Fig. 10
( A ) Three-dimensional reconstructions of the teeth shown in Fig. 9 . ( B ) The masks representing teeth 7 and 9 are hidden. ( C , D ) Only the mesiodens and tooth 8 are shown, respectively. The 3D reconstructions show the anatomy of tooth 8 to be normal.

Although the profession must refine the selection criteria that would determine when a CT scan is indicated in cases of impacted molars and other teeth, the authors believe that a 3D reconstruction is an almost indispensable aide once the decision is made to obtain a scan. It provides additional information to the surgeon and helps obtain informed consent. The considerations for acquiring a 3D reconstruction are different from those that contribute to the initial decision of whether to obtain a scan. Because a scan has already been taken, a 3D reconstruction does not entail any additional radiation to the patient. Furthermore, the incremental cost of a 3D reconstruction can be justified in terms of the enhanced information that it adds, as illustrated in the cases described earlier.

Clinical scenario 1: impacted teeth

One use of CBCT is to examine impacted teeth of the normal dentition, most commonly maxillary canines and mandibular third molars (M3), and supernumerary teeth, most commonly a mesiodens. In the case of maxillary canines, knowledge of the precise location of the impacted tooth, its relationship to the surrounding teeth, and the amount of buccal and palatal bone is critical for the orthodontist to determine whether space is available in which to rotate or translate the tooth into the arch and whether the procedure runs the risk of impinging on other teeth or extruding the impacted tooth outside the bone. The information may also be important to surgeons seeking to uncover the tooth with the intention of attaching a button and power chain, particularly when the tooth cannot be located clinically through observation or by palpation. Even while preparing this article, one of the authors received the following e-mail:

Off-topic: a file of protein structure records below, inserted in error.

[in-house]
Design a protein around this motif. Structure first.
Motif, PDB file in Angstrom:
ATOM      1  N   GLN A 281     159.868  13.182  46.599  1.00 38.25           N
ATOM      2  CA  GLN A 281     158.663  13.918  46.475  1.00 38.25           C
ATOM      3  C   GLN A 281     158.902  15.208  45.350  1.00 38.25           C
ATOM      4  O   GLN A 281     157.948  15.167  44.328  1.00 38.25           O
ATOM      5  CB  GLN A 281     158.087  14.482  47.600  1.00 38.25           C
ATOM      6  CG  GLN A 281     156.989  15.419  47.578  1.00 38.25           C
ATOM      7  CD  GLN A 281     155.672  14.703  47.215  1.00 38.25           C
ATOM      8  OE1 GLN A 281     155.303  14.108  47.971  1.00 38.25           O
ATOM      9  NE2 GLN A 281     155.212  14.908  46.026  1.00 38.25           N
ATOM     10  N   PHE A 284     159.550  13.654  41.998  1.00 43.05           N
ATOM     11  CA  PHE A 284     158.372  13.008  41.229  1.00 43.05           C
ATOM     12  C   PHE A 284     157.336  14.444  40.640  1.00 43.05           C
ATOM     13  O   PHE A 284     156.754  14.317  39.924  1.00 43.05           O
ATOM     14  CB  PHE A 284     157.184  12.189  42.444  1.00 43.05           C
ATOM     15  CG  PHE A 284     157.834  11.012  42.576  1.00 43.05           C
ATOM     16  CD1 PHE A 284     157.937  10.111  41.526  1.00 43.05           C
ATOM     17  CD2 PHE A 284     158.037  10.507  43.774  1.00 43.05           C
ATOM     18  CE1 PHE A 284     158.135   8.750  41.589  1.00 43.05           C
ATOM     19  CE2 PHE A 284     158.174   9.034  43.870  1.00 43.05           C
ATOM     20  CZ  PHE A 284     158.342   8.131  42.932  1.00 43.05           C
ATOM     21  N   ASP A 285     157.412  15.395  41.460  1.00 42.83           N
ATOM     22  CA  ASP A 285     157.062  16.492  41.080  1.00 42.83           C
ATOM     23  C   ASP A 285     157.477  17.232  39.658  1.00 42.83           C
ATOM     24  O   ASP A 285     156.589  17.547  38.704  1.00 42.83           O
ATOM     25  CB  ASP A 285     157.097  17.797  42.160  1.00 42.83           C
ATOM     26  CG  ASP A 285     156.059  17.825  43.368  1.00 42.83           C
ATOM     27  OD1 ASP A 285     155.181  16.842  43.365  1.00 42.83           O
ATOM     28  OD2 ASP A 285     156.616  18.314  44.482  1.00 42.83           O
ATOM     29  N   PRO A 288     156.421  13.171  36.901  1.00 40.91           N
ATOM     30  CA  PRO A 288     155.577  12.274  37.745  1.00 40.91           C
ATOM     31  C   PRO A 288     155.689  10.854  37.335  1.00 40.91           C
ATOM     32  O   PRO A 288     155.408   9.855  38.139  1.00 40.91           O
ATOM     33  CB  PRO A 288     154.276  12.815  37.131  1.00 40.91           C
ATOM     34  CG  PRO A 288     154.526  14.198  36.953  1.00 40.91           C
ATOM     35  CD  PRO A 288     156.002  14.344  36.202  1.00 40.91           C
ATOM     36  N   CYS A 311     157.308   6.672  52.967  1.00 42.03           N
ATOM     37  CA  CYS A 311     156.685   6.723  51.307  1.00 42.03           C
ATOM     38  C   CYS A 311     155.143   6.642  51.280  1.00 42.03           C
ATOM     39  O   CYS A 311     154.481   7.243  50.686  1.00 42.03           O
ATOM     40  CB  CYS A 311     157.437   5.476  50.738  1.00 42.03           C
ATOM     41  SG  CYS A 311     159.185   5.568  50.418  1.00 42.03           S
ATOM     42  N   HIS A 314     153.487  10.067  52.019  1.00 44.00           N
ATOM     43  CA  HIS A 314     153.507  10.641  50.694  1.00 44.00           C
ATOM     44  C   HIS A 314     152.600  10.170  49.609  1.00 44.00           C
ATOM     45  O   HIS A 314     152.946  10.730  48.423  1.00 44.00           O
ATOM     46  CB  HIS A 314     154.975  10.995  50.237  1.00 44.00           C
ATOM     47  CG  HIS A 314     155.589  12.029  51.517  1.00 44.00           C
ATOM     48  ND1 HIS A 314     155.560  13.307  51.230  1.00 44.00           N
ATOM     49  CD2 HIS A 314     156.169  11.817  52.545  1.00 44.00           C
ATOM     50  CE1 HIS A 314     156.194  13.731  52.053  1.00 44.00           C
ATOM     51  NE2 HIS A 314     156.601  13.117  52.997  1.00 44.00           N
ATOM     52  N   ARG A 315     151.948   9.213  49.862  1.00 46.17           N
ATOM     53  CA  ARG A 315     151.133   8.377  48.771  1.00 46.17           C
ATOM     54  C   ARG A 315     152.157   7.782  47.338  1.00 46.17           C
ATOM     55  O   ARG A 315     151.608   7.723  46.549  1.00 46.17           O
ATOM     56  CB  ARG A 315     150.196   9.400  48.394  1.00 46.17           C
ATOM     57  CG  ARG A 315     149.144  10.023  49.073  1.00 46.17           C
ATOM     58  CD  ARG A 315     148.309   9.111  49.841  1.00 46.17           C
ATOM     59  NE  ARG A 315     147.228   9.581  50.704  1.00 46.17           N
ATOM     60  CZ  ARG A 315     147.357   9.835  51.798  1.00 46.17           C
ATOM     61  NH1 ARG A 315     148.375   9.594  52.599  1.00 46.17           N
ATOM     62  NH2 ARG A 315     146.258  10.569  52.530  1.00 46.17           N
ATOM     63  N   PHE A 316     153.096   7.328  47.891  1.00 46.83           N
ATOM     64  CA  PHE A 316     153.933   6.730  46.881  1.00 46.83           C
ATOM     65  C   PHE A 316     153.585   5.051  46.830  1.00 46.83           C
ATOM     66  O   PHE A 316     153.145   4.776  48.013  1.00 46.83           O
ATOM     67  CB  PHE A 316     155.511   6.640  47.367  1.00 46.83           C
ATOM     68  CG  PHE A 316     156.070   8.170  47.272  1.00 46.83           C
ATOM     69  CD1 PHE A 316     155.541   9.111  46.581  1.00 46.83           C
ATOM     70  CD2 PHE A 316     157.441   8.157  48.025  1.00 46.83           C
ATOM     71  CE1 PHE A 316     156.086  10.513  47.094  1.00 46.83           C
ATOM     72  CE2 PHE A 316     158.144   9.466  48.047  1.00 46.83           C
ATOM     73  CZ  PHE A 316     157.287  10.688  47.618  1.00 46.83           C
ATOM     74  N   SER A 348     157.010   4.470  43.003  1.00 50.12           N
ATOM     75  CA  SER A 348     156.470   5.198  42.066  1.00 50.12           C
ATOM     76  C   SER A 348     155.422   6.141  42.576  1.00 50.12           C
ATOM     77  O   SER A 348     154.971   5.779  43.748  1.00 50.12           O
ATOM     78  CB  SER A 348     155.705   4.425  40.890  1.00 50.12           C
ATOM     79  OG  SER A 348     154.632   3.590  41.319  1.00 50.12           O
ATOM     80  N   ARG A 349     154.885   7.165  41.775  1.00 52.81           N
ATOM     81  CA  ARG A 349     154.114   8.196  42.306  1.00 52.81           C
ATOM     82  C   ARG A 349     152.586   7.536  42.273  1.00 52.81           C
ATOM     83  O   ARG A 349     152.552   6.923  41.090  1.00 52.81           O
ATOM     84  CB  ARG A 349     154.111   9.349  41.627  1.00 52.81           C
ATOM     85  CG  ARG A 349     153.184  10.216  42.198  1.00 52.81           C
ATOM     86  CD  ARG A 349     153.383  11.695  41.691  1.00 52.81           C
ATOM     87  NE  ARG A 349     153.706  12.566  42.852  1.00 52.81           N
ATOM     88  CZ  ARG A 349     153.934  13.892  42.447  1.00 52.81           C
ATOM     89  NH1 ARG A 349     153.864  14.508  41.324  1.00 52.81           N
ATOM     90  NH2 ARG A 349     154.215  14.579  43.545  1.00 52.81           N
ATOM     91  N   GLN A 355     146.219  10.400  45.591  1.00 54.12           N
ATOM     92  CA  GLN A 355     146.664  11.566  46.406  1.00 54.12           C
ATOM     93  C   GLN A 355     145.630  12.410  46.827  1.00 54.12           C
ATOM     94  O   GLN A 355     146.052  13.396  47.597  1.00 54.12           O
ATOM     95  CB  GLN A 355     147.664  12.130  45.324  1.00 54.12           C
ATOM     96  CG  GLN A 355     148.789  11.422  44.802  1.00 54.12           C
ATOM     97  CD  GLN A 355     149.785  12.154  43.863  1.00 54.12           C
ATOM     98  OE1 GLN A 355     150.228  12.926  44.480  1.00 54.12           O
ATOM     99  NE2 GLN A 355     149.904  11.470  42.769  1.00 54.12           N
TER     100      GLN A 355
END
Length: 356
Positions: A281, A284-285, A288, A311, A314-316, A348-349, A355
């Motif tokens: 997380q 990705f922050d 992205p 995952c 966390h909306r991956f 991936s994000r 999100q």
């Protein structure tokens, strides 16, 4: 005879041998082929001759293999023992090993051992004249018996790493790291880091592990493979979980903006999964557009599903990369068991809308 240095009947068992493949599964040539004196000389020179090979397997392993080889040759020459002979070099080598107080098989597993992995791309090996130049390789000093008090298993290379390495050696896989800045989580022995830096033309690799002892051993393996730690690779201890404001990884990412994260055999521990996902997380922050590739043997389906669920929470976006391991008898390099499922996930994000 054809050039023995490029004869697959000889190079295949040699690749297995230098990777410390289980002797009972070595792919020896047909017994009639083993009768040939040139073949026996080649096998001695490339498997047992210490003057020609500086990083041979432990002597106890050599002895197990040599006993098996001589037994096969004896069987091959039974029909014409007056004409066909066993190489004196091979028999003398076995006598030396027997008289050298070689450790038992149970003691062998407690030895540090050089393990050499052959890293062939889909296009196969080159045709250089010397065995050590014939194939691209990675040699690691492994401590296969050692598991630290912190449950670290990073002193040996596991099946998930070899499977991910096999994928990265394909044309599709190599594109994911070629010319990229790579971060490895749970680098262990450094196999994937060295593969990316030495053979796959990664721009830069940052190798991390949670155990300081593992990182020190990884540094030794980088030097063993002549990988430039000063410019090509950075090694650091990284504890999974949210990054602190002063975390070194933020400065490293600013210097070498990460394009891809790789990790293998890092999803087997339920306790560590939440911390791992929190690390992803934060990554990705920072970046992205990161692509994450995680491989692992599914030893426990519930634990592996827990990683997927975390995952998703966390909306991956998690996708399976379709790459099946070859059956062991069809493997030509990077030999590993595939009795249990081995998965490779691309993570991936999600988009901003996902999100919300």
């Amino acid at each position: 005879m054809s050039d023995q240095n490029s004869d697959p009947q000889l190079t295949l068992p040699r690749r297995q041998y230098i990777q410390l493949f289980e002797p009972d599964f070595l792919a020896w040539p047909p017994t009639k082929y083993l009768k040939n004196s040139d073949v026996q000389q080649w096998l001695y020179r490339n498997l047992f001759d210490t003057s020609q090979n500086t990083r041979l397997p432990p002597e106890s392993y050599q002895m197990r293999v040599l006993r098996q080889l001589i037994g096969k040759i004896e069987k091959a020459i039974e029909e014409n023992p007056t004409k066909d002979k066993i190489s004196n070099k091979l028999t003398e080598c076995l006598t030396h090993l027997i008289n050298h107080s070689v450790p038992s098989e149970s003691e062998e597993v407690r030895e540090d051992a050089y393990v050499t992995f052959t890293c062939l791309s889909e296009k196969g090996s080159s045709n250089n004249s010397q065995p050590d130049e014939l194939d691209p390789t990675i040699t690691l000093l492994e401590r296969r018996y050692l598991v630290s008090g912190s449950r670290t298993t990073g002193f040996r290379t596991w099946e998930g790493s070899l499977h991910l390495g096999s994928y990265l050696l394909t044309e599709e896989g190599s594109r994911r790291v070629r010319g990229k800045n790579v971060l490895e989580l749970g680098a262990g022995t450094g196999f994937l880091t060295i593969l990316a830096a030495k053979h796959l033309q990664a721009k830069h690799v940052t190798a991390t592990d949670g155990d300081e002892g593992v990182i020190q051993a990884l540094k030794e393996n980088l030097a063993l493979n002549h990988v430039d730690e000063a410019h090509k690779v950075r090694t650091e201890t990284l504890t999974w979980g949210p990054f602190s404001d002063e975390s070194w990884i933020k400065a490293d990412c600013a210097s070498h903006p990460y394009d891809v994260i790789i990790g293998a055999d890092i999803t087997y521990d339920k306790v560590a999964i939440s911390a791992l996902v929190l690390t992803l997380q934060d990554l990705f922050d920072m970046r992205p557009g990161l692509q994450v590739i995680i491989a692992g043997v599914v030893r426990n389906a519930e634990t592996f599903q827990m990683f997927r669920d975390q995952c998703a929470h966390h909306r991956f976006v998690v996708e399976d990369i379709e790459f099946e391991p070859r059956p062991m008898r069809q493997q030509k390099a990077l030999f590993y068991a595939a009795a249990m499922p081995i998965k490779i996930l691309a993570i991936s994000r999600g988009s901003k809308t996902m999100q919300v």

“Dr Friedland, I saw a 13-year-old female patient yesterday afternoon for canine exposure #11. After clinical examination and periapical radiographs… even using the so-called SLOB [buccal object] rule, it did not appear to me that the tooth in question moved either way… potentially indicating that it lay directly over the apices of the central and lateral incisor. Nonetheless a conservative palatal flap was raised… and small osseous resection undertaken… but to no avail. The decision was made to abort the procedure in an effort to ensure no harm was done to the dentition and given I could not discern the canine’s location—I simply closed up and explained to patient and mom. Well, I was hoping to have the patient take a CT scan to aid in locating the canine.”